BUSTies, you only live once. And it would certainly be a shame to spend your precious time on Earth playing it safe with your fashion choices. Just when you thought YOLO, the acronym that has been a target for ridicule since its conception, was gone for good, the social media phrase has reinvented itself in a way that deserves only applause. African Apparel, a British clothing company, has released a new YOLO shirt with Yoko Ono’s beloved visage ... Read More
BY Katie Fustich in Style File on Nov 11, 2013 |
This weekend, amidst my hectic schedule of clicking "Next Episode" on Netflix, I was introduced to the app ThirdLove. The just-launched app promises to fit the user for the perfect bra. I have been fitted for a bra in the past--a Victoria's Secret "professional" with a measuring tape and really cold hands curtly informed me I had a wide back and small boobs. But hey, my bras fit.
Nevertheless, I was intrigued by ThirdLove. Thanks to all the reported ... Read More
BY BUST Magazine in Style File on Nov 07, 2013 |
Paris, FranceTell me about what you’re wearing. The sweater is vintage from Etsy—it was a gift. The collar’s from Zara, and it cost around $30. I got the necklace for $2 from a flea market, and the skirt’s from American Apparel, it was about $55. The tights were about $6, and the shoes are Valentino; they were a gift from my boyfriend. The tote is from Etsy, by an illustrator named Julia Pott.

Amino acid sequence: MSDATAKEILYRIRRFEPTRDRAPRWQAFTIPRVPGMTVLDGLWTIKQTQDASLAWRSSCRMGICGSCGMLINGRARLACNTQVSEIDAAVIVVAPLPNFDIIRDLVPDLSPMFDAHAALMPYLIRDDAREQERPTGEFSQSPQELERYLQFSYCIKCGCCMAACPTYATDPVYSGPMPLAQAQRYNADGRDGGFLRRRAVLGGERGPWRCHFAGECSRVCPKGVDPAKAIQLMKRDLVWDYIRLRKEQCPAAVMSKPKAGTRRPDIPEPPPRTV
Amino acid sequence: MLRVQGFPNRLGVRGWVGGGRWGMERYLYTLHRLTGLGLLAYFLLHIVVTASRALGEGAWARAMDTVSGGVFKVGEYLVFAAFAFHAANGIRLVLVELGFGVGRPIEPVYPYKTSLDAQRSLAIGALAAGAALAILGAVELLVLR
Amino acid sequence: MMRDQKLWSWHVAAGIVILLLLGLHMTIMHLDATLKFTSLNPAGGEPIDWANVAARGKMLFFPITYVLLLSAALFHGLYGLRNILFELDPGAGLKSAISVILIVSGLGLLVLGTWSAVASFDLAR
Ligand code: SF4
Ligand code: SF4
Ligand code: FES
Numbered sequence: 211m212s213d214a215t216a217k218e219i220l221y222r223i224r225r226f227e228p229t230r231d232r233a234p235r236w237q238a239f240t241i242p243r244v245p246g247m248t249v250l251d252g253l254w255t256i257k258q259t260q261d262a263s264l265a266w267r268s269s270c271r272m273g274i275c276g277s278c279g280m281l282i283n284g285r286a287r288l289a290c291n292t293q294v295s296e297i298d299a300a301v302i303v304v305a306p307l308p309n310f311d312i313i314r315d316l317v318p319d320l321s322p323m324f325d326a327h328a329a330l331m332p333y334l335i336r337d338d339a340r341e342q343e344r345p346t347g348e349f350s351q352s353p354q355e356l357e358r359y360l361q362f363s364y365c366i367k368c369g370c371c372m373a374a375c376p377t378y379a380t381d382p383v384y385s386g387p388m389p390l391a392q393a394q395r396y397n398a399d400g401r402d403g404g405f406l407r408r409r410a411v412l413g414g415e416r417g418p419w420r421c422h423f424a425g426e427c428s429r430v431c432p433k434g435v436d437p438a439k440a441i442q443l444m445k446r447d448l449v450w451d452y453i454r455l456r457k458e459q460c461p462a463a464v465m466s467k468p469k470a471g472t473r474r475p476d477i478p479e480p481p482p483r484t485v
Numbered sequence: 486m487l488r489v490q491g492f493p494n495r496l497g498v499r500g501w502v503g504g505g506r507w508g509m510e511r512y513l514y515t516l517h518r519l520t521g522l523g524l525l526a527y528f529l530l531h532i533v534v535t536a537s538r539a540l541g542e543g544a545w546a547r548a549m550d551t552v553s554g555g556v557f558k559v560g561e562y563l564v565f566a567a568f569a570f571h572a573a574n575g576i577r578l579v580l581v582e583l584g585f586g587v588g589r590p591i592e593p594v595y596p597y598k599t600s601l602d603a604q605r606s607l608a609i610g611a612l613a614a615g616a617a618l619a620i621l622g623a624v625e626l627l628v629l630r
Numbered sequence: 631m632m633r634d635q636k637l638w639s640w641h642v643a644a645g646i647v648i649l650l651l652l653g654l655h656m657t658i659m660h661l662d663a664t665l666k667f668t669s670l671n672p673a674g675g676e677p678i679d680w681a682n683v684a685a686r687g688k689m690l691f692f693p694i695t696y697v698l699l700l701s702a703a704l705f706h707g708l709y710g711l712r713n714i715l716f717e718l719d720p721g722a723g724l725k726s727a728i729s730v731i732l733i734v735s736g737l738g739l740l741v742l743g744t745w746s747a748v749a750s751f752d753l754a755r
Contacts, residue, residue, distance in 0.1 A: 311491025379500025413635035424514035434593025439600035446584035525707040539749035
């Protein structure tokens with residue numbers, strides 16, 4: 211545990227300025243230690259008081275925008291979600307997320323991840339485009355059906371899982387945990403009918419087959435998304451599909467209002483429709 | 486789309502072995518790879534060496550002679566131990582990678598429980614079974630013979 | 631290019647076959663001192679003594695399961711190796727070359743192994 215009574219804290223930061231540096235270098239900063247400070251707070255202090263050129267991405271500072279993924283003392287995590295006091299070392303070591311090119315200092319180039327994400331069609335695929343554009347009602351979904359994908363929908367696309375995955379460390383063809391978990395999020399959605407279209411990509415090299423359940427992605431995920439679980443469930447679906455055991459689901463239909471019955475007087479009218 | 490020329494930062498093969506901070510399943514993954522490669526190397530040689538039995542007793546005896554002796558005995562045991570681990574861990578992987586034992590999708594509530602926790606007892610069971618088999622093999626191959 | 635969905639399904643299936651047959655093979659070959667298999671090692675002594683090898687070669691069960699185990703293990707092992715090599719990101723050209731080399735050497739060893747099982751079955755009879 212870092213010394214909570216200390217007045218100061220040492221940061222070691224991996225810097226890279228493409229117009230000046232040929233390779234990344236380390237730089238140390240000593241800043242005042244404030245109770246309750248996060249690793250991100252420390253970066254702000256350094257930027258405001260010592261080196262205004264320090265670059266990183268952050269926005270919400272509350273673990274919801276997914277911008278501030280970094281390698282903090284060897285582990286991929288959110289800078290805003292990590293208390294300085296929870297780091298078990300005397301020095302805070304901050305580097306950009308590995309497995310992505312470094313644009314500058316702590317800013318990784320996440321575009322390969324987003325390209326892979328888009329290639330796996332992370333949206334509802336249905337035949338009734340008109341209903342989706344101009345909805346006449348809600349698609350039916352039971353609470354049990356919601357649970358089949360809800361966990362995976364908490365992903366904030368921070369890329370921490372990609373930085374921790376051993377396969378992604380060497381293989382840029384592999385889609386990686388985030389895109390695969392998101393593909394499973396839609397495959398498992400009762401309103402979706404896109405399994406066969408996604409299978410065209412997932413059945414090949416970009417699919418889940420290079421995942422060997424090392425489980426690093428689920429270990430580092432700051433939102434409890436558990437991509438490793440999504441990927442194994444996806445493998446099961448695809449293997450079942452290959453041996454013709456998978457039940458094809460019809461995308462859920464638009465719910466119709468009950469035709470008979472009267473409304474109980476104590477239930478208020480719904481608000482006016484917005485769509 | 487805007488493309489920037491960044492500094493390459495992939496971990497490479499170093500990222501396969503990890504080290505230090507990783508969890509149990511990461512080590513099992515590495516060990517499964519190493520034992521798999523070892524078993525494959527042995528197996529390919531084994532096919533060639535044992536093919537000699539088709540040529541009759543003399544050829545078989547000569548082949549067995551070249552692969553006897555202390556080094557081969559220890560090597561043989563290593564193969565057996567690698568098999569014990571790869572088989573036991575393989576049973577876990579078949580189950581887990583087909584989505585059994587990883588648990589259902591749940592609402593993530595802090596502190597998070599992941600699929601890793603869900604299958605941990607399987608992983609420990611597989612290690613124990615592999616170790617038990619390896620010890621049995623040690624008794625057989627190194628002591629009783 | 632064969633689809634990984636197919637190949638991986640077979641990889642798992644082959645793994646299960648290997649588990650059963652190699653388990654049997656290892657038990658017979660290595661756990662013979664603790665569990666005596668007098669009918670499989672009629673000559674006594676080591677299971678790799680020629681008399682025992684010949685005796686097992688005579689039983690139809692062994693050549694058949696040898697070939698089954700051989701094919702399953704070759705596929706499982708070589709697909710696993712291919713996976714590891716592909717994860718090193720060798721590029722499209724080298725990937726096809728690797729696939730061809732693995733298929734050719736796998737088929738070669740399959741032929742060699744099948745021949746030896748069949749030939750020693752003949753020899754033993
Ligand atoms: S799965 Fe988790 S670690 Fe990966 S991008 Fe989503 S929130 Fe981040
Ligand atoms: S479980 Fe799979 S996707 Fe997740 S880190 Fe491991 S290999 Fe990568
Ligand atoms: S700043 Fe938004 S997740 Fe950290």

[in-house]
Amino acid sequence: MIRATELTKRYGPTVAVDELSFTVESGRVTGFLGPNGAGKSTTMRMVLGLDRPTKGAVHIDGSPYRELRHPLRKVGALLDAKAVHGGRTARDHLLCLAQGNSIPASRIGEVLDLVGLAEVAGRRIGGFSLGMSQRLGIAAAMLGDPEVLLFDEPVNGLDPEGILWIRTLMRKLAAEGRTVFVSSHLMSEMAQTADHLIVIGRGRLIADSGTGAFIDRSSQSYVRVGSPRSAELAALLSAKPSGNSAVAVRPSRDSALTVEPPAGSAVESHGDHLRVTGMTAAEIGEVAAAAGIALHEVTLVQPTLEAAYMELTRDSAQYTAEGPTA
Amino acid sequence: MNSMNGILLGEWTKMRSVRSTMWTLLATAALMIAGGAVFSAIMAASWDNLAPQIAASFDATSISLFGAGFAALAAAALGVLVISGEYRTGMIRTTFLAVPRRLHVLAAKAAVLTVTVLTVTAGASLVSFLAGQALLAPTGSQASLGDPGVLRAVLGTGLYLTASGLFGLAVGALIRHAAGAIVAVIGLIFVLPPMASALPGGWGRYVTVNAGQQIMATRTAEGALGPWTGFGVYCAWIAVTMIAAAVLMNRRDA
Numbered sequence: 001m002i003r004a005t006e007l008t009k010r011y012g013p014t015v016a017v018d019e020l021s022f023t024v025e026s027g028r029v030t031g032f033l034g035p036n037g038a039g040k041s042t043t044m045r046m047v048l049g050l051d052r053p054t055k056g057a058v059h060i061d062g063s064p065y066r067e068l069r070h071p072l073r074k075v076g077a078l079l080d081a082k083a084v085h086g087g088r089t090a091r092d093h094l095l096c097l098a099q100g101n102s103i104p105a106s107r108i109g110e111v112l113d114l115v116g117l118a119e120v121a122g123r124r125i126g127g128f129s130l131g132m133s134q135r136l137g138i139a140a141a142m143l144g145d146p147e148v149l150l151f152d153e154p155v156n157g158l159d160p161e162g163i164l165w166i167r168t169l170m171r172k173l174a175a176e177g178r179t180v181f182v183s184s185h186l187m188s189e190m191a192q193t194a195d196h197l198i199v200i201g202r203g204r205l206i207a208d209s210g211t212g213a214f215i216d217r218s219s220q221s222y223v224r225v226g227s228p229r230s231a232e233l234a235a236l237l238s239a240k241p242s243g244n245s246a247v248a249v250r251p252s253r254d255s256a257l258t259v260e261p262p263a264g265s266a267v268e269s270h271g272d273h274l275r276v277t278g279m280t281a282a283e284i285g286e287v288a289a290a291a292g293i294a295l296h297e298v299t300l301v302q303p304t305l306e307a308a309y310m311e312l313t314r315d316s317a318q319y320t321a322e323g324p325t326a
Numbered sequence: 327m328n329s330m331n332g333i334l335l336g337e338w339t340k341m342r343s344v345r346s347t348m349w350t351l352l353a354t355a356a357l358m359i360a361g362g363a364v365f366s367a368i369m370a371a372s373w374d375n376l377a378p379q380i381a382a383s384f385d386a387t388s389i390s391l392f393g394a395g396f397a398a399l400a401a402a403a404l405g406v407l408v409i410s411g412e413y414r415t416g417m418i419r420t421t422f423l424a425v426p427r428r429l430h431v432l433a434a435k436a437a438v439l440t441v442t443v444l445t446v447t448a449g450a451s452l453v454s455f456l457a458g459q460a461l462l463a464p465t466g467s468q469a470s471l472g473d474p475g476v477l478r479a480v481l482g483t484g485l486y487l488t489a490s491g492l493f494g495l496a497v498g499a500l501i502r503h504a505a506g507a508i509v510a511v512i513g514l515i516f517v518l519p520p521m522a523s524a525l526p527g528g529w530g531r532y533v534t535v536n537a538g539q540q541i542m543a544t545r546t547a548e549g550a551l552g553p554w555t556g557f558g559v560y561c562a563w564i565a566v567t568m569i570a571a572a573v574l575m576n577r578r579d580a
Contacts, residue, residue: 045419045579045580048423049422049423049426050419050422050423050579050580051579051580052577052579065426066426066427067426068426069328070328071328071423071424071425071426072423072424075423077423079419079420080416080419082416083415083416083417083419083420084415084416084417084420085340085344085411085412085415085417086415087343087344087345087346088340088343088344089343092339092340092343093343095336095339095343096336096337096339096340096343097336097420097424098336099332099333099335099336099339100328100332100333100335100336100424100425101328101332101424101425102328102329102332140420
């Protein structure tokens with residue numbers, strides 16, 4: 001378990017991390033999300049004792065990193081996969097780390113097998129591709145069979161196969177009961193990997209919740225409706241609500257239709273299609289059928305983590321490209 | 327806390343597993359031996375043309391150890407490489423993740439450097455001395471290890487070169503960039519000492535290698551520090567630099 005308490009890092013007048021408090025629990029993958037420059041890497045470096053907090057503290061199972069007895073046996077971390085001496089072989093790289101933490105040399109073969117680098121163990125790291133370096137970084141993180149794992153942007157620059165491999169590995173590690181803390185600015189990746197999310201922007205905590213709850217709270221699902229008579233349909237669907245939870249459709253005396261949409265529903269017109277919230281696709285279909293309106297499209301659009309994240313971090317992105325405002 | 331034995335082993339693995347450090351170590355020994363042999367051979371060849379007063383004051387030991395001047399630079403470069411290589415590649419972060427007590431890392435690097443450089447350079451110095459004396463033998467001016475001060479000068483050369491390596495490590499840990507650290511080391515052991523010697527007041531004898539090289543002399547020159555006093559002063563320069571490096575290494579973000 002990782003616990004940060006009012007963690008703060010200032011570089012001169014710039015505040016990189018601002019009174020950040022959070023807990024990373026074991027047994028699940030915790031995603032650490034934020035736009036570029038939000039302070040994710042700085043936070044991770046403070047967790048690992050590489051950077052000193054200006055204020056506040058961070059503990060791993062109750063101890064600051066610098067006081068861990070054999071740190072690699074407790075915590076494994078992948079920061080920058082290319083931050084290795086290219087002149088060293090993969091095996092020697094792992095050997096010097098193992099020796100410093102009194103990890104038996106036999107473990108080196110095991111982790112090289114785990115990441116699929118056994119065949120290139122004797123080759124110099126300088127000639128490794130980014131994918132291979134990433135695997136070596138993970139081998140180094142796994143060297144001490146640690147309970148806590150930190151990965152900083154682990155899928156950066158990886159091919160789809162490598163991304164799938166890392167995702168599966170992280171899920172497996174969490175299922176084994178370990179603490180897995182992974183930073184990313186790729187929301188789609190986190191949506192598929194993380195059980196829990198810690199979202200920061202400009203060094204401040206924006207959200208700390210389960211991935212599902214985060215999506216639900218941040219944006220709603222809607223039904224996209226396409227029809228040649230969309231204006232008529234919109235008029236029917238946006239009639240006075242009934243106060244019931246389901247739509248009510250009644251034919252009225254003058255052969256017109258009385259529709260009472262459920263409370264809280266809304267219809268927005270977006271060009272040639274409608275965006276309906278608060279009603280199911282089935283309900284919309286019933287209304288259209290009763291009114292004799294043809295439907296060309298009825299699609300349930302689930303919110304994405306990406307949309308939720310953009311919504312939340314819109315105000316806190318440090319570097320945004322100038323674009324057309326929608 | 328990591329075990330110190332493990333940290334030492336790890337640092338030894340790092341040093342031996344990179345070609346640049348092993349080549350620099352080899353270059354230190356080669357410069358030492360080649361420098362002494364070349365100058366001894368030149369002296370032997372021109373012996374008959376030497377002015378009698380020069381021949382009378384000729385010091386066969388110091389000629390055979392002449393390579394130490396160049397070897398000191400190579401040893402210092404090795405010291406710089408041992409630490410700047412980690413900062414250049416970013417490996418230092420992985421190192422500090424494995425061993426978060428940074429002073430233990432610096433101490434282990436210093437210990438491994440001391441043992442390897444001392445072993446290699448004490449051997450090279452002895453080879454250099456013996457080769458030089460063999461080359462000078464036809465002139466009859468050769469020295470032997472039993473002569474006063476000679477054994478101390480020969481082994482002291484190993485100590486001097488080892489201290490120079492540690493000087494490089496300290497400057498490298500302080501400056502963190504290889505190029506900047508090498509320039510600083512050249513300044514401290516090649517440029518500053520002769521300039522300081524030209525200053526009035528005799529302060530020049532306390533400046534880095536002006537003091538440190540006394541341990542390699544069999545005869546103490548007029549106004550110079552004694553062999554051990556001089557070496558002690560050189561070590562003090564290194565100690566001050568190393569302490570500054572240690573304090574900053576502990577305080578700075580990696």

How would you describe your ... Read More
The Abercrombie brand has been suffering lately, big time. In addition to being what the analyst Richard Jafffe calls “a stale brand” that is incapable of competing with trendier companies, the company, led by CEO Mike Jeffies, has been pretty sexist in their marketing strategies. Girls are taking note; no one wants to buy clothes from a company that sexualizes young girls and “hates fat chicks.”
And we ladies are voting ... Read More
Women come in all shapes and sizes. Plastic mannequins, on the other hand, rarely do. The average woman in the UK is a size 16, but most British stores only display size 10 mannequins. The British women’s and equalities minister Jo Swinson has long been combating the narrow focus on thinner, whiter, younger models of feminine beauty in fashion; she writes, “[the image] is reinforced from the catwalks right through to shop ... Read More